1. The facts here are that there were two undivided cousins and at a time when both of them were minors their mothers acting as guardians alienated certain properties belonging to them. One of the minors died later on and the suit under appeal was brought by the surviving minor to recover the property from the alienee on the ground that the alienation was beyond the power of the guardians to make. The suit was instituted within twelve years of the alienation but more than three years after the plaintiff attained majority. The point is whether Article 44, Limitation Act, applies to this case. Both the lower Courts and the second appellate Court dismissed the suit as barred by Article 44. The important facts in the case are that at the time of the alienations there were no adult co-parceners and, in spite of the contention in the lower appellate Court which was not accepted there that it is not correct to speak of the mothers who alienated the property as guardians in any legal sense, in my view, they were the de jure guardians of the minors. There is; no authority for saying that when the senior member of a co-parcenary-a father -dies leaving only minor co-parceners, the mother or mothers of the latter are not their de jure guardians; and I agree with Varadachariar, J., that the cases relied upon to show that a minor's interest in an undivided Hindu family is not such an interest or property that a guardian can be appointed or predicated in respect of it can be distinguished on the ground that in those cases there were other adult co-parceners and the legal guardianship of the minor co-parceners therefore vested in the adult co-parceners.
2. That cannot be the case here; and this distinction was pointed out by Sir Lawrence Jenkins, C.J., in Bindaji v. Mathurabai (1906) 30 Bom 152. The position is therefore, that these were alienations made by the de jure guardians of the minors and the present plaintiff was entitled to avoid the transaction and in such cases it has been hold that Article 44 is the correct article. In Arumugham Pillai v. Pandiyan Ambalam 1921 MWN 255, property inherited by a minor from his mother and belonging exclusively to him was sold by his father acting as his guardian and it was held that a suit by the minor on his attaining majority to recover the property was covered by Article 44 and not by Art 126, Limitation Act. Krishnan, J., on p. 276, states:
When a guardian acting in his capacity of guardian sells or otherwise transfers the property of his ward there can be no question that Article 44 will apply to the suit by the ward to recover that property subsequently, for he must get the guardian's transfer set aside, which is prima facie binding on him. A transfer by a guardian, however improper it may have been, is not a void transaction but only a voidable one or and when property cannot be recovered without avoiding it, it is now settled that Article 44, will apply to the suit. No doubt it has been held that where a Hindu father sells the joint ancestral property of himself and his minor son, Article 44 will not apply even though he purported to act as his minor son's guardian in making the sale. Article 126 expressly provides for setting aside such alienations of ancestral property and the Court therefore held in those cases that the mere fact that the father executed the deed also as guardian of his minor son made no difference to the validity of the sale as he would have passed his son's share also by executing the deed himself and therefore Article 44 was not applicable. Those rulings however apply only to alienations of ancestral property and are clearly distinguishable from the present case as here the property has been found to be the minor's separate property.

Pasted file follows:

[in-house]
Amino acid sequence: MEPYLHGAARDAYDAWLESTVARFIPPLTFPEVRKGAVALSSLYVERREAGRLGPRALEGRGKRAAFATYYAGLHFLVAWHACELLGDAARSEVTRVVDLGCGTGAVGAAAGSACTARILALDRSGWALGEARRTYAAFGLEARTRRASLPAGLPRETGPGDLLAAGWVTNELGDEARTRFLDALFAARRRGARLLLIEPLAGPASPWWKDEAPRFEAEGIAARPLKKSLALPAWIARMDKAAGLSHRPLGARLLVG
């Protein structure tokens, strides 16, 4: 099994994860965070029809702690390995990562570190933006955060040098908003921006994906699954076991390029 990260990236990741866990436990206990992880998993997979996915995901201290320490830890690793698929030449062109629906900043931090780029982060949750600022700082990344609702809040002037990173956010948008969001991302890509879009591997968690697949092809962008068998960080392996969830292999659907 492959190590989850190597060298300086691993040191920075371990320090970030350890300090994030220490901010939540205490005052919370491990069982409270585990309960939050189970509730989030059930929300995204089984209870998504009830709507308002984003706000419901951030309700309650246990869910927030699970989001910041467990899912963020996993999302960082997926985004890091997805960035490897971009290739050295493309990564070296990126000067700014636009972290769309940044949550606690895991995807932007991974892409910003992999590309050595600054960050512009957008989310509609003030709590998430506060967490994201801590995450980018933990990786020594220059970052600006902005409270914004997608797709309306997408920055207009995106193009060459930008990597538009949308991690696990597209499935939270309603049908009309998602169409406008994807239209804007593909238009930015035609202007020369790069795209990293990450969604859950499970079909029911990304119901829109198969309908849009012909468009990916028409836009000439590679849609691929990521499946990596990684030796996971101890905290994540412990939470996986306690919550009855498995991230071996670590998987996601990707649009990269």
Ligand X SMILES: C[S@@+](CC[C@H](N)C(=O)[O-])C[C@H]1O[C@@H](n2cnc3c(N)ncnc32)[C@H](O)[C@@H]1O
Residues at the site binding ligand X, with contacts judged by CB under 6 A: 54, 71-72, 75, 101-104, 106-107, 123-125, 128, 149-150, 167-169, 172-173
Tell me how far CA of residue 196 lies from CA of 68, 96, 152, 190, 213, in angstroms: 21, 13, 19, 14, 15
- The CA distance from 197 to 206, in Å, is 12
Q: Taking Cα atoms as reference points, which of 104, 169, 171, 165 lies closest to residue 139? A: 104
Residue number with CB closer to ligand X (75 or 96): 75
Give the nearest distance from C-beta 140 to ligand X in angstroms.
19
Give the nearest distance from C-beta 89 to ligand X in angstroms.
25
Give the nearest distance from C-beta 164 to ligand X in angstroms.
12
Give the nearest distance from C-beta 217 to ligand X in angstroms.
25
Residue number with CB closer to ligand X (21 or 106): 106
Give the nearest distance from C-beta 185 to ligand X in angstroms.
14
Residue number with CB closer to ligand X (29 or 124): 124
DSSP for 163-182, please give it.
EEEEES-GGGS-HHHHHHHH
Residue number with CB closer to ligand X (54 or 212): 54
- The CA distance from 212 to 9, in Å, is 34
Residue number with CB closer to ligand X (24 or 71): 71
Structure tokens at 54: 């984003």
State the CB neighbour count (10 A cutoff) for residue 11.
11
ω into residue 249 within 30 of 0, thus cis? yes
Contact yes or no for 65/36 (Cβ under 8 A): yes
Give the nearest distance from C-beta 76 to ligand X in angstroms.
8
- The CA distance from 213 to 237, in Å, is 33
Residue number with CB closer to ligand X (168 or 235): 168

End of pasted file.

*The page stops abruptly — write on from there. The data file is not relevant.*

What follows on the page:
3. The present case would not be excepted from the operation of Article 44, for the reason that there were no other co-parceners and this was the separate property of the minors and they alone were interested in the property. Purushothama v. Brundavana 1931 MWN 417 decides that suits brought by persons to set aside alienations by their de jure guardians during the minority are governed by Article 44, whereas Article 44 does not apply to suits by minors to set aside alienations made by de facto guardians : see also Satyalakshmi Narayana v. Jagannadham 1917 MWN 854. Moreover, on a comparison between the language used in the two articles it is clear that, of the two, Article 44 is the one more applicable. I agree with the conclusion reached by the second appellate Court; and this Letters Patent appeal must accordingly be dismissed with costs.
4. I entirely agree. On the point of limitation the argument is that a man who wishes to set aside an alienation of immoveable property made by his guardian during his minority can avail himself of one of two periods of limitation whichever is longest, namely (a) three years after attaining his majority under Article 44(b), twelve years from the date of alienation under Article 144, extended of course by the operation of Section 6. But Article 144 applies to cases where the possession of the purchaser is adverse to the plaintiff and a purchaser from the guardian. of a minor does not hold the land under a title adverse to the minor, but on the contrary he derives his title from the minor and has a good title until it is shown that in selling the land to him the guardian exceeded his powers. The observations in the referring judgments in Doraiswami Serumadan v. Nondisami Saluvan 1915 88 Mad 118, which seem to support this part of the appellant's case are based on the decision of the Privy Council in Gnanasambanda Pandara Sannadhi v. Velu Pandaram (1900) 23 Mad 271, in which the alienations were bad from their inception being sales of trust property, which the minor's guardian acting on his behalf had no power to sell. The purchaser in that case did not obtain good title but was in the position of a trespasser holding adversely to the trust.